Somehow I can’t let it go. I’ve tried playing Secret of Mana with girlfriends, boyfriends, by myself. I’ve tried confronting it with alcohol, or studying it with sharp sobriety. I’ve emulated the game on my Mac, played fan-translations with extended dialogue; I’ve shoved it into my tobacco-stained Super Nintendo Entertainment System (SNES) more times than I can count. I’ve sold it off, only to repurchase it at a greater cost.
Let’s go back to the beginning. I dated a guy in high school for almost two years, and it was the worst two years of my entire life. A nameless shame kept me stuck to his side, bound by my own insecurities, naïve and traumatized. I spent every single afternoon defending my innocence, deflecting his advances, gasping for air as he pinned me with kisses I didn’t want.
I should have left him. But I didn’t know any better. All of my friends had boyfriends, and most had long ago lost their virginities. Making out was supposed to feel good; I just needed to overcome my inhibitions. Sure, I knew most girls didn’t sweat when the school bell rang at the end of the day, most girls didn’t cry when their boyfriends felt up their shirts, didn’t drive home dry-heaving. The only time I got pulled over by the police in Chicago was after leaving his house. I blew through a stop sign. I couldn’t get away fast enough.
He demeaned me with constant clichés, trying to get in my pants with the grace of an after-school special. “You would if you loved me,” he said, pressing his knee between mine. Another time it was, “Are you gay or something?” More often than not, it was “Please, I need this.” I was never date-raped, but I was constantly dodging. I don’t know why he didn’t leave me. Maybe the only thing left for him was the conquest.
We didn’t have sex. But we did play Secret of Mana together. And I’ll never forgive him for it.
Secret of Mana is a top-down action role-playing game with bright, chunky, primitive graphics, made by Squaresoft before they merged with Enix. Like in The Legend of Zelda, you explore a giant, interlinked map and fight enemies. But unlike in Zelda, you’re not alone. In Mana, the main character is accompanied by two A.I.-controlled sidekicks. Or, if you’re lucky enough to have a friend over, you and your buddy can play simultaneously, marching through the shining countryside, carving up rabbits and wolves.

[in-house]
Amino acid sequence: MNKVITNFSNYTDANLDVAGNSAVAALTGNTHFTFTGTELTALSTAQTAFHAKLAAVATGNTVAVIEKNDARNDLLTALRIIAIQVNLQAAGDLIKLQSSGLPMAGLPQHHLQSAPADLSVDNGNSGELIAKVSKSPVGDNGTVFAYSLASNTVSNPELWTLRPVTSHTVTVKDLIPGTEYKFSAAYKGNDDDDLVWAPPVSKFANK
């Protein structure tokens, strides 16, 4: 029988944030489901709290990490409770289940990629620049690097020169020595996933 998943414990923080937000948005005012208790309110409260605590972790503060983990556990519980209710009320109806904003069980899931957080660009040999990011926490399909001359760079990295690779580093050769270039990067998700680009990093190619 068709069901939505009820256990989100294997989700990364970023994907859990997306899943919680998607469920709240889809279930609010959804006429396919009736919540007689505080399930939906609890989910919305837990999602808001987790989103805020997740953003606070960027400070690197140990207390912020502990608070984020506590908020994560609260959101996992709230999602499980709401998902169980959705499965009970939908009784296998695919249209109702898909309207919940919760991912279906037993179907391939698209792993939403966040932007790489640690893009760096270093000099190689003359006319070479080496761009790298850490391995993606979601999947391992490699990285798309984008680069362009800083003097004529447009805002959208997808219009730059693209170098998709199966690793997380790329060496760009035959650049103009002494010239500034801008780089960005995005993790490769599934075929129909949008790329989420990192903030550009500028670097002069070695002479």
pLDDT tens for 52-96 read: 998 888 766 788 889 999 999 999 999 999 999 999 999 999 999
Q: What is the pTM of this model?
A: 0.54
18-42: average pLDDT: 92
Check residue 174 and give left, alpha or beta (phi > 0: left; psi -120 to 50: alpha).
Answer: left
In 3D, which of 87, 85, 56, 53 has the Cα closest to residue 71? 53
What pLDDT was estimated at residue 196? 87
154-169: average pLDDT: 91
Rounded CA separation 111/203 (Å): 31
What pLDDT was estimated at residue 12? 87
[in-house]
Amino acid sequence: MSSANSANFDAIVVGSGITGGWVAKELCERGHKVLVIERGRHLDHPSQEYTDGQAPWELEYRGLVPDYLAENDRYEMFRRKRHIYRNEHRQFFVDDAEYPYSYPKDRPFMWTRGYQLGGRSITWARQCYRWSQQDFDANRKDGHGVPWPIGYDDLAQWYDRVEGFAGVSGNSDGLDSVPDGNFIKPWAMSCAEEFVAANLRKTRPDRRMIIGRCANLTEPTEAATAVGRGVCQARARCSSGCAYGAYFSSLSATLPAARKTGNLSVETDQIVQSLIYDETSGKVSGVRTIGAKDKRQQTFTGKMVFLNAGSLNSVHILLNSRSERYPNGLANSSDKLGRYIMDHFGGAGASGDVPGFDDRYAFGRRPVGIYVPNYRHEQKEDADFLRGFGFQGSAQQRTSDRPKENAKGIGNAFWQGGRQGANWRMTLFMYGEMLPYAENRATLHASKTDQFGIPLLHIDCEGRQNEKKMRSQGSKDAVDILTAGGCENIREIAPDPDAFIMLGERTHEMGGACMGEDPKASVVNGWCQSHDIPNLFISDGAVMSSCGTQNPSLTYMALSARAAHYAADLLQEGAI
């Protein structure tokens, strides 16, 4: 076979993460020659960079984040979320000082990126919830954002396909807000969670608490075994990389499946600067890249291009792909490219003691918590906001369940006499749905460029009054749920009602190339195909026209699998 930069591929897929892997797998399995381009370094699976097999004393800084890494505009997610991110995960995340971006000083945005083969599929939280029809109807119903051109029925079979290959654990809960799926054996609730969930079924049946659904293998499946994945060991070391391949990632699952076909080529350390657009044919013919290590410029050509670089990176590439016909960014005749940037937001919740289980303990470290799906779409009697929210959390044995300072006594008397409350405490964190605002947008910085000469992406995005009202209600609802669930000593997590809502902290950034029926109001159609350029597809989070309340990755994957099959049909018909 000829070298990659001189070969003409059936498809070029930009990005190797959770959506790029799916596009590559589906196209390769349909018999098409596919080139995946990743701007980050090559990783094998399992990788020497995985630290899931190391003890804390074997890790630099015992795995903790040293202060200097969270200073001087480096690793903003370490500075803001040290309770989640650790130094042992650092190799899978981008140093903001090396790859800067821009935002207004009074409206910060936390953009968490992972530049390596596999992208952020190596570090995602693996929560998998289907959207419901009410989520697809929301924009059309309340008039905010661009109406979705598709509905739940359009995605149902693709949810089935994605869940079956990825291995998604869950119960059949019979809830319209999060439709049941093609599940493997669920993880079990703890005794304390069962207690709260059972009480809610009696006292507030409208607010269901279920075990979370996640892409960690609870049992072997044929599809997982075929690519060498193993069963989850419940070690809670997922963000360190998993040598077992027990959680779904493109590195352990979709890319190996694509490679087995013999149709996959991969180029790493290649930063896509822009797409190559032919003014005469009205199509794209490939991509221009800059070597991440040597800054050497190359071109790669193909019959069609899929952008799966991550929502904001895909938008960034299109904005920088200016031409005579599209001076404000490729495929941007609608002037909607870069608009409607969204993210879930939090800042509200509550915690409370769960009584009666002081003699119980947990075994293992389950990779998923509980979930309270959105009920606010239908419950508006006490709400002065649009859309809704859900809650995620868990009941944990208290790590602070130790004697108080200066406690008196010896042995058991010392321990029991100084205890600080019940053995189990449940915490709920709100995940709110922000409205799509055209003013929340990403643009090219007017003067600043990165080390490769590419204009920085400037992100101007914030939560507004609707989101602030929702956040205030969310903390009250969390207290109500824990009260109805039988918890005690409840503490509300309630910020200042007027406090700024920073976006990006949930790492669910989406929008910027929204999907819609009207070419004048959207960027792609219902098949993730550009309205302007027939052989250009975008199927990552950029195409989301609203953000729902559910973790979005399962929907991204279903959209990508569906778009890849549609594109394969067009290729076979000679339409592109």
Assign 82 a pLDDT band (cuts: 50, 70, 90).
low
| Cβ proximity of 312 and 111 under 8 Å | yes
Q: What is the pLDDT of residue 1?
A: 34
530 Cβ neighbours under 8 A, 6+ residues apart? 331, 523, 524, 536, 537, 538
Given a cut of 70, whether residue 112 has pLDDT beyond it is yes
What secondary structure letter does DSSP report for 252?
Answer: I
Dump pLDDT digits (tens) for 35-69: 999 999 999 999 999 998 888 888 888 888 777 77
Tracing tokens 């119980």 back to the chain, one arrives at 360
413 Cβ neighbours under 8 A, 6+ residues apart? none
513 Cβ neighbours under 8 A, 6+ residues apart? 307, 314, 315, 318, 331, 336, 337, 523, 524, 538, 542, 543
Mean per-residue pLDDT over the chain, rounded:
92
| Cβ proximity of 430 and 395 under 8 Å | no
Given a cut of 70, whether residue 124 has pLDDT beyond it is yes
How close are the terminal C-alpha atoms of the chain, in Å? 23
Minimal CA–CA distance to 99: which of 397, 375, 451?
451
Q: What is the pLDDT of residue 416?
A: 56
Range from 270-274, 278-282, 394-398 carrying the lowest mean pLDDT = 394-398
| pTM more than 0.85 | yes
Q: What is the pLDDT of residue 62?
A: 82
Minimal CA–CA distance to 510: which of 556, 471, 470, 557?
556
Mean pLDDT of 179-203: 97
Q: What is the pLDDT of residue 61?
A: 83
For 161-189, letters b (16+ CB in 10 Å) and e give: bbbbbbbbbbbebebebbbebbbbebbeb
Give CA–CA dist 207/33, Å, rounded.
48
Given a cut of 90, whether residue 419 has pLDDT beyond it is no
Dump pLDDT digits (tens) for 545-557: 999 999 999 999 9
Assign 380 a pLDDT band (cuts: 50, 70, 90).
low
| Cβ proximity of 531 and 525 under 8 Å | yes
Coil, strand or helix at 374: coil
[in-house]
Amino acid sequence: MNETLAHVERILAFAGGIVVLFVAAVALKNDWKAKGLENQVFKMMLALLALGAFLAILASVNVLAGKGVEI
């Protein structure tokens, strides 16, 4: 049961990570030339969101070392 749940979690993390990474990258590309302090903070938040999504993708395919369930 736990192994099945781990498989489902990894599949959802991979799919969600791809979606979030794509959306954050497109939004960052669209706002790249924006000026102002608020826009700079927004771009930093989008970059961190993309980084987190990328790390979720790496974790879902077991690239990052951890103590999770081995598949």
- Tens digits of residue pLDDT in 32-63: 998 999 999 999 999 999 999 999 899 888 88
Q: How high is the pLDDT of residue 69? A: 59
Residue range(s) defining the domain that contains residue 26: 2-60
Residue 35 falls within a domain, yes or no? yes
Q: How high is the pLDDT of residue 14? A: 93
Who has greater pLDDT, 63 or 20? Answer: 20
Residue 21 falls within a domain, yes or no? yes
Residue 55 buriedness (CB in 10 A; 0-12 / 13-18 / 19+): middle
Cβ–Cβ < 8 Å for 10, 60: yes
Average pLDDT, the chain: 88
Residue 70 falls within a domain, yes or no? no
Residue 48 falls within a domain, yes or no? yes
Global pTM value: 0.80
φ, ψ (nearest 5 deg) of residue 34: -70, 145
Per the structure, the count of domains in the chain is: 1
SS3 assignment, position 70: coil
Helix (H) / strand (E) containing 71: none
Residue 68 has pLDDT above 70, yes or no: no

Secret of Mana is the only Super Nintendo game I still own. I can’t let it go. It sits atop of my yellowing SNES, dusty and threatening. I know it’s an incredible game. I love the music, the charming fights and simple swordplay. But I can’t play it, thanks to him.
It was the way he played the game. Like most role-playing games, Secret of Mana lets you name your protagonists. In defiance of the fantasy setting, my boyfriend christened the hero Asshole. The girl was Bitch. And the cheerful sprite was called Lump.
As we wandered through the world of Mana, saving villages and finding adventure, I was constantly being demeaned by the non-player characters. Every townsperson would call out Bitch when asking for my attention. When I couldn’t handle the humiliation, I’d switch to Lump, who was largely ignored by the shop-owners and innkeepers. Shame or silence. We’d play for hours; it was easier than trying to keep coming up with things to talk about until curfew.
What’s worse, my boyfriend and I didn’t so much enjoy the game as we did break it. When we realized that there could only be three enemies onscreen at once, we cheated through harder sections by keeping weak villains alive. We leveled up for days on Howlers in the Ice Forest, so that the following sections were just speed-runs. We skipped large portions of dialogue, and any time I started to drift into the world of the game, my boyfriend would yell something inappropriate at the screen. Or at me.
Maybe if I’d just acquiesced, it would have been easier. Why didn’t I like making out with him? I mean sure, obviously, the guy was a jerk. Another easy answer would be: I like girls, and was slowly going through a complicated sexual awakening. I came out to my parents as soon as I got to college.
But the truth is more muddy. In the years since high school, I’ve dated men and women. The longest relationship of my life has been with a man. Maybe I never was gay; there’s a part of me that wonders how much of my young identity was a response to those two terrible years with that boyfriend. Yeah, sure, when I sleep, I dream of girls…but how much is attraction, and how much is reaction? Did I stop dating boys because of him? Did I stop playing SNES because of Secret of Mana?
I can’t let go of the game until I can play it for itself, by itself, until I can erase my old save points and fill it with new ones. Or maybe it’s time to just let it go. ♦